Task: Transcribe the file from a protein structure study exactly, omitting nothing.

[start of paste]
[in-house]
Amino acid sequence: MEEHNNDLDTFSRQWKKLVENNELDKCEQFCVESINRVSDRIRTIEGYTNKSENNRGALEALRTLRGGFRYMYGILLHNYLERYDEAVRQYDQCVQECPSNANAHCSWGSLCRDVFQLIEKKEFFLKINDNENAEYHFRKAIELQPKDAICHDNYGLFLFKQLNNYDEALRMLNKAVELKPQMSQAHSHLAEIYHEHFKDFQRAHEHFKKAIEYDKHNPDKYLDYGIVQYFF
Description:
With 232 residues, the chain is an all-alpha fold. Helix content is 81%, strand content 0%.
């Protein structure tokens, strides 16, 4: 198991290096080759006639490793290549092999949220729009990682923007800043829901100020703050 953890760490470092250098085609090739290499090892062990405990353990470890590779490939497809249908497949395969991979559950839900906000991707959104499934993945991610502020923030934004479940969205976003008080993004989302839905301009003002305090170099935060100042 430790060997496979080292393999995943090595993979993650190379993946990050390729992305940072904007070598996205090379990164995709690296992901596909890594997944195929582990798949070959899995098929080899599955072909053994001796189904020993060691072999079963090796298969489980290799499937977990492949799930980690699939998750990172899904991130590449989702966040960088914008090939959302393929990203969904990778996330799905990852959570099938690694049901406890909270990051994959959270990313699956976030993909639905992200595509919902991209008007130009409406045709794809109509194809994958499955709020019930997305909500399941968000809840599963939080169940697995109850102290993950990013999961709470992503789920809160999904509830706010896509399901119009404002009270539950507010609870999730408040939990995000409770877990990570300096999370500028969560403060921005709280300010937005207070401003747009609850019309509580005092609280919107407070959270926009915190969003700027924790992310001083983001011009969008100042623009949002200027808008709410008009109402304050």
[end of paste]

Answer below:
[in-house]
Amino acid sequence: MEEHNNDLDTFSRQWKKLVENNELDKCEQFCVESINRVSDRIRTIEGYTNKSENNRGALEALRTLRGGFRYMYGILLHNYLERYDEAVRQYDQCVQECPSNANAHCSWGSLCRDVFQLIEKKEFFLKINDNENAEYHFRKAIELQPKDAICHDNYGLFLFKQLNNYDEALRMLNKAVELKPQMSQAHSHLAEIYHEHFKDFQRAHEHFKKAIEYDKHNPDKYLDYGIVQYFF
Description:
With 232 residues, the chain is an all-alpha fold. Helix content is 81%, strand content 0%.
């Protein structure tokens, strides 16, 4: 198991290096080759006639490793290549092999949220729009990682923007800043829901100020703050 953890760490470092250098085609090739290499090892062990405990353990470890590779490939497809249908497949395969991979559950839900906000991707959104499934993945991610502020923030934004479940969205976003008080993004989302839905301009003002305090170099935060100042 430790060997496979080292393999995943090595993979993650190379993946990050390729992305940072904007070598996205090379990164995709690296992901596909890594997944195929582990798949070959899995098929080899599955072909053994001796189904020993060691072999079963090796298969489980290799499937977990492949799930980690699939998750990172899904991130590449989702966040960088914008090939959302393929990203969904990778996330799905990852959570099938690694049901406890909270990051994959959270990313699956976030993909639905992200595509919902991209008007130009409406045709794809109509194809994958499955709020019930997305909500399941968000809840599963939080169940697995109850102290993950990013999961709470992503789920809160999904509830706010896509399901119009404002009270539950507010609870999730408040939990995000409770877990990570300096999370500028969560403060921005709280300010937005207070401003747009609850019309509580005092609280919107407070959270926009915190969003700027924790992310001083983001011009969008100042623009949002200027808008709410008009109402304050």